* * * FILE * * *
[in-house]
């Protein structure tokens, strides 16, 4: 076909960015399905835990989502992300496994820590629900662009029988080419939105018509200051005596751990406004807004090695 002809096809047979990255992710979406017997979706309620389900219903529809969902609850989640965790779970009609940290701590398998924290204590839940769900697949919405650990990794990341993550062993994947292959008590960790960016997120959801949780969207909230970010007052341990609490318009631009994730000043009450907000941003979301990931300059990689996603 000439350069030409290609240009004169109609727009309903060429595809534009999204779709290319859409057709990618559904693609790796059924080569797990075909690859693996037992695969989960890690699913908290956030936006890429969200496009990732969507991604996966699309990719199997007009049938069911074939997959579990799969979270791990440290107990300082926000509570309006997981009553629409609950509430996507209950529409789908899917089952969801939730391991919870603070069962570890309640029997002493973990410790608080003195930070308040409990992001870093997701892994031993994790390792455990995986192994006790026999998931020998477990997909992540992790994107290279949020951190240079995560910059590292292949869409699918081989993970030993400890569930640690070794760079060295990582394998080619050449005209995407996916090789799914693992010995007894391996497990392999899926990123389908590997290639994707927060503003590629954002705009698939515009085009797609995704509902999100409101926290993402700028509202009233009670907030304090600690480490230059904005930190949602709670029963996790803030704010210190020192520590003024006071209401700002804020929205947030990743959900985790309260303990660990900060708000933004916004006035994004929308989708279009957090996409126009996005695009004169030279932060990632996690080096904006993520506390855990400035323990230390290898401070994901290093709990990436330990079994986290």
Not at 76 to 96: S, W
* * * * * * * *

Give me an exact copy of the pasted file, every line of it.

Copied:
[in-house]
């Protein structure tokens, strides 16, 4: 076909960015399905835990989502992300496994820590629900662009029988080419939105018509200051005596751990406004807004090695 002809096809047979990255992710979406017997979706309620389900219903529809969902609850989640965790779970009609940290701590398998924290204590839940769900697949919405650990990794990341993550062993994947292959008590960790960016997120959801949780969207909230970010007052341990609490318009631009994730000043009450907000941003979301990931300059990689996603 000439350069030409290609240009004169109609727009309903060429595809534009999204779709290319859409057709990618559904693609790796059924080569797990075909690859693996037992695969989960890690699913908290956030936006890429969200496009990732969507991604996966699309990719199997007009049938069911074939997959579990799969979270791990440290107990300082926000509570309006997981009553629409609950509430996507209950529409789908899917089952969801939730391991919870603070069962570890309640029997002493973990410790608080003195930070308040409990992001870093997701892994031993994790390792455990995986192994006790026999998931020998477990997909992540992790994107290279949020951190240079995560910059590292292949869409699918081989993970030993400890569930640690070794760079060295990582394998080619050449005209995407996916090789799914693992010995007894391996497990392999899926990123389908590997290639994707927060503003590629954002705009698939515009085009797609995704509902999100409101926290993402700028509202009233009670907030304090600690480490230059904005930190949602709670029963996790803030704010210190020192520590003024006071209401700002804020929205947030990743959900985790309260303990660990900060708000933004916004006035994004929308989708279009957090996409126009996005695009004169030279932060990632996690080096904006993520506390855990400035323990230390290898401070994901290093709990990436330990079994986290």
Not at 76 to 96: S, W